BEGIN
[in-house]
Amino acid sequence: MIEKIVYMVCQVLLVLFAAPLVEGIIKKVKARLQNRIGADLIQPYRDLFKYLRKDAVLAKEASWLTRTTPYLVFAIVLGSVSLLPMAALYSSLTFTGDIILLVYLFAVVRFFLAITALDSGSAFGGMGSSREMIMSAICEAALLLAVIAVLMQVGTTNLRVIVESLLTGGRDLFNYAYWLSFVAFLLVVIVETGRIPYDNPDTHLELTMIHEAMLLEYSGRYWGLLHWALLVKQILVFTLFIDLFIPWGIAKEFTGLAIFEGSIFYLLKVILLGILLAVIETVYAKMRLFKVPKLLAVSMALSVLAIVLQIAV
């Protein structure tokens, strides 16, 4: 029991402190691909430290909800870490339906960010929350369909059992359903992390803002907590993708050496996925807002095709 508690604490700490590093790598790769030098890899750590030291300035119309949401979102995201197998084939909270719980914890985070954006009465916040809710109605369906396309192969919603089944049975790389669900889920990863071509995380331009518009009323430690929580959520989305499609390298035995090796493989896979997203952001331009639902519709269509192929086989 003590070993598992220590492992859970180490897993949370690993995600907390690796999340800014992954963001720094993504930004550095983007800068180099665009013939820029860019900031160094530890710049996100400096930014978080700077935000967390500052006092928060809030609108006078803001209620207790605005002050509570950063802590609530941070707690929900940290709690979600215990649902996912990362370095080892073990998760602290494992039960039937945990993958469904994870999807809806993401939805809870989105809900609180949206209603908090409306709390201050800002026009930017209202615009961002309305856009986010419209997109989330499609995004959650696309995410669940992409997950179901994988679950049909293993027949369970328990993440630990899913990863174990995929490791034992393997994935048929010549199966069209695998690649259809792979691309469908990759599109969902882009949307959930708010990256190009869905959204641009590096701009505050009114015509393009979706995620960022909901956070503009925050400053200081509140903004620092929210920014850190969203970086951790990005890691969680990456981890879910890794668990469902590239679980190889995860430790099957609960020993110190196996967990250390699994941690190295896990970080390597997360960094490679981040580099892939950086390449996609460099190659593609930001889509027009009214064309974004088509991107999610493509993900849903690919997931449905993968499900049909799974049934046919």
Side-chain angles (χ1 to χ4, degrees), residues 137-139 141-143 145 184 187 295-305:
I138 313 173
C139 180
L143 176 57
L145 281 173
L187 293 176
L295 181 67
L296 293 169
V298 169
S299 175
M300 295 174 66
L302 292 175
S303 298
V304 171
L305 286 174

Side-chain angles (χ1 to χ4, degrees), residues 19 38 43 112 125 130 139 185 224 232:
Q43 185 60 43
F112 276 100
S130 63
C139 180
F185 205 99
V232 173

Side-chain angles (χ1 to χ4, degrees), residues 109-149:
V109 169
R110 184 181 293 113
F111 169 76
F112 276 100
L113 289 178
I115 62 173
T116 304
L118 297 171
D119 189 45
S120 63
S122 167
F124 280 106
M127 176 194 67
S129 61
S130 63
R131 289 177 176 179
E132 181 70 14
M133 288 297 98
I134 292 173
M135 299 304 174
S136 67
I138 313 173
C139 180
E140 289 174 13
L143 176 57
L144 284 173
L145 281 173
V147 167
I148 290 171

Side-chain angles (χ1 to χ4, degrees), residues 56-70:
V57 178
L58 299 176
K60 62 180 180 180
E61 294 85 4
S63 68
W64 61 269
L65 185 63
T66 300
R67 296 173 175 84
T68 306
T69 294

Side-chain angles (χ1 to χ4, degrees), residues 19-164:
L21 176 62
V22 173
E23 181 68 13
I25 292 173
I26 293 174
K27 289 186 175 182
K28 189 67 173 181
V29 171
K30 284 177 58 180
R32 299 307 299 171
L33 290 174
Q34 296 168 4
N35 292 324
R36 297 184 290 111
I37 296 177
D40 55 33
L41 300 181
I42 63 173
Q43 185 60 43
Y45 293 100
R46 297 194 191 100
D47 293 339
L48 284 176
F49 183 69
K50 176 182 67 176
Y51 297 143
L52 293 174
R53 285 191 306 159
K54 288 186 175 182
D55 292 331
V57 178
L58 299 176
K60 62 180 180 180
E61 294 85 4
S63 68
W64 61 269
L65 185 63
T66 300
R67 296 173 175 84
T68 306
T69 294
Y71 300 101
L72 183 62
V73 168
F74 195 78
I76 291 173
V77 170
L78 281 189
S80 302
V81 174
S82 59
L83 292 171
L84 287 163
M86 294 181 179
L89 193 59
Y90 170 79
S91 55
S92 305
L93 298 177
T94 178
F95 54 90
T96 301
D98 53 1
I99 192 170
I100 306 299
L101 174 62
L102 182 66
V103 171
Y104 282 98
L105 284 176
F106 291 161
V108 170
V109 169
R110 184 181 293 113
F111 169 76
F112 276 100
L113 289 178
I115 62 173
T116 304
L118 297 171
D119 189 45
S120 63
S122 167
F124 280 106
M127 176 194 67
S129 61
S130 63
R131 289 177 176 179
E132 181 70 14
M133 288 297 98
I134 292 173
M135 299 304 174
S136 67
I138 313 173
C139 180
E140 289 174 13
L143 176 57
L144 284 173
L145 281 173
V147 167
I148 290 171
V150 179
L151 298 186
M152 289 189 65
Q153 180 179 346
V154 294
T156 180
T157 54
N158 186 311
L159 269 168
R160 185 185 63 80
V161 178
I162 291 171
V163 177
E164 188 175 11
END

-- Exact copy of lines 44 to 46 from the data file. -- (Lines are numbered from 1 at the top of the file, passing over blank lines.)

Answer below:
M133 288 297 98
I134 292 173
M135 299 304 174